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England in Time of War, some notes. Dome Brighton,Darwan Singh Negi VC

Sussex at War.

England in Time Of War.

The South Coast 1914-1915.

Soldiers By The Seaside. From a Correspondent at the time.


Not even London is “ set ”in her ways as a winter resort in on the South Coast of England.

The inhabitants are nearly all elderly, and few robust. Habit is the prop of their lives, and their devotion to habit affects all about them.

At first site the Bournemouth of this winter is precisely the same as the Bournemouth of last winter.

The Neue Freie Presse ( Neue Freie Presse (“New Free Press”) known locally as “Die Presse” was a Viennese newspaper founded by Adolf Werthner together with the journalists Max Friedländer and Michael Etienne on 1 September 1864. It existed until 1938.

is wrong in stating that Bournemouth is absolutely deserted,and that even the permanent inhabitants have fled panic-stricken.

But a town so full as Bournemouth of Anglo-Indians, and retired officers of Navy and Army must have many anxieties about sons and brothers who are carrying on the family traditions. It is only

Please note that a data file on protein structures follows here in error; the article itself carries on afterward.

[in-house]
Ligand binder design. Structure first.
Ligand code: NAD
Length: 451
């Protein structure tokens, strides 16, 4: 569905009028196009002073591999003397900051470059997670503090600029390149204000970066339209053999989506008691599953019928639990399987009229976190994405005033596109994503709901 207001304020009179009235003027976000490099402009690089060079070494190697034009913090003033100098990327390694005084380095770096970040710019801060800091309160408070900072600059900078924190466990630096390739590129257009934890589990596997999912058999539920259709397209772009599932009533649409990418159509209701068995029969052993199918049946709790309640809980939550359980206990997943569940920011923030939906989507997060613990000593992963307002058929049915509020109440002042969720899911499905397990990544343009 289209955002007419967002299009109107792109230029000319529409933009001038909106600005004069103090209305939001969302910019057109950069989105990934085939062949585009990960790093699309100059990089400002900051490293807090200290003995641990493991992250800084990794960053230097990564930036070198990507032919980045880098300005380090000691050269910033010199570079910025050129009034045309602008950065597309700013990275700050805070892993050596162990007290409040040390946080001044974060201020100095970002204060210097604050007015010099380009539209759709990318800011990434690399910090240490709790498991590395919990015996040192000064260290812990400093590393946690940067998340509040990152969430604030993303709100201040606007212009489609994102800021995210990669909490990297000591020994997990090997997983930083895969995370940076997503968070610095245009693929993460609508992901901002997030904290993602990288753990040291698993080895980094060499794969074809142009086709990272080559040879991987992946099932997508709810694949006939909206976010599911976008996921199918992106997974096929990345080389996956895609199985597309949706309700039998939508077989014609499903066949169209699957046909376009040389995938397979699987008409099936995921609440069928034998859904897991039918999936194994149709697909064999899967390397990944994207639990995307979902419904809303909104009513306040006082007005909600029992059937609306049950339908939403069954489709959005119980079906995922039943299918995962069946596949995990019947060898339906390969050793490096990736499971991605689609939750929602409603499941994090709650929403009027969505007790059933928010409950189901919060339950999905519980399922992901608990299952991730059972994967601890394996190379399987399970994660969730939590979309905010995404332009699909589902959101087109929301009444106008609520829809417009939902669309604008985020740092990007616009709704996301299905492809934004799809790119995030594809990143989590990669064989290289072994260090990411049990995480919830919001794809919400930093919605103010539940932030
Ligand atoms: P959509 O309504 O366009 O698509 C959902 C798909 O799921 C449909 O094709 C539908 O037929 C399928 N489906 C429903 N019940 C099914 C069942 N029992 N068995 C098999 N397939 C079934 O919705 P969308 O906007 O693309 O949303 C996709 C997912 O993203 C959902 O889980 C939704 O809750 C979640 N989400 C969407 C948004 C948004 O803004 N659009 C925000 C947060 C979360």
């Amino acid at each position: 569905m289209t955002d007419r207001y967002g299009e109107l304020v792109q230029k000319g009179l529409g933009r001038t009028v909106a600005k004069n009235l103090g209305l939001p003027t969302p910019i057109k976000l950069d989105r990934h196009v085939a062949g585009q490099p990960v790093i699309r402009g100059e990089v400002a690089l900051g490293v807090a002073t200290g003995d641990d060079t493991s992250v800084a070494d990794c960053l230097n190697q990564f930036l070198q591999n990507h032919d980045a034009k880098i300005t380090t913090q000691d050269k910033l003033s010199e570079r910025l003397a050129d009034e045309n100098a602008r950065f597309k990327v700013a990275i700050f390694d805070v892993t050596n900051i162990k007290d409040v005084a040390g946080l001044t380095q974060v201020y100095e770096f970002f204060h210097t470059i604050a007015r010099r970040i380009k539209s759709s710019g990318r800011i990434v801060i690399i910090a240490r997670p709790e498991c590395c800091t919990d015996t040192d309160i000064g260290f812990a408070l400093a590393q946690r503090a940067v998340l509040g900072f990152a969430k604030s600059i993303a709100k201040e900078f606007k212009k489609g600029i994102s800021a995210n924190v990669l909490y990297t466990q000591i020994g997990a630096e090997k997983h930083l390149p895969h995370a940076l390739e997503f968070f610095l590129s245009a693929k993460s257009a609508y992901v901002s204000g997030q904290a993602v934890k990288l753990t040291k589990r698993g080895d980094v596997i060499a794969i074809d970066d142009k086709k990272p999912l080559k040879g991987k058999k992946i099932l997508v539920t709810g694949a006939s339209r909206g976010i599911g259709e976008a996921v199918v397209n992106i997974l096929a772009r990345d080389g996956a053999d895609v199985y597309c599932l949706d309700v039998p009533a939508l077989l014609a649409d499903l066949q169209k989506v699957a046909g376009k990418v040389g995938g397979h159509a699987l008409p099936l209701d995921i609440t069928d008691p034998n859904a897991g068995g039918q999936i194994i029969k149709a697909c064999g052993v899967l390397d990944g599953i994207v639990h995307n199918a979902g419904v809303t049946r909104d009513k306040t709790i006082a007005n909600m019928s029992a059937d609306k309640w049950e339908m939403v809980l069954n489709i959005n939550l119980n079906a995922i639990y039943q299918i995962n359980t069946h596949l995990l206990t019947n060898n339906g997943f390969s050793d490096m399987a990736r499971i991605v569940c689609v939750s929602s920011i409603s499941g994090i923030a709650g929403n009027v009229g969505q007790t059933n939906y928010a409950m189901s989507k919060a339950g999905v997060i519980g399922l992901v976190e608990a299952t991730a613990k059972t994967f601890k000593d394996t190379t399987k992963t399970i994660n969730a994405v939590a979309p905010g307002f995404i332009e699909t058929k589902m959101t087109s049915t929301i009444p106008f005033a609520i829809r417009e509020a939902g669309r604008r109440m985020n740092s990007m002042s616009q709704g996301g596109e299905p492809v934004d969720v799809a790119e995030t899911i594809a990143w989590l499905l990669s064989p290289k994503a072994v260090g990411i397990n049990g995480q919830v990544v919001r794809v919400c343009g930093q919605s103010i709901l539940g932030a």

imagination that sees faces graver and clothes less cheerful than of old ?.

With little or no diminution in the numbers the town is even soberer than usual. And then suddenly the sight of a crowd round the window of the local newspaper reveals much that else would be hidden in the common round of these people whose task is only to wait and pray. It tells more eloquently of war even tan the dark sea front at night, or the rare adventure of being challenged by a sentry on the deserted cliff. Behind and around this residential, invalidish part of the struggling town there is activity enough, with some thousands of the the new Army billeted, and trade enough with their 15s per head a week in circulation.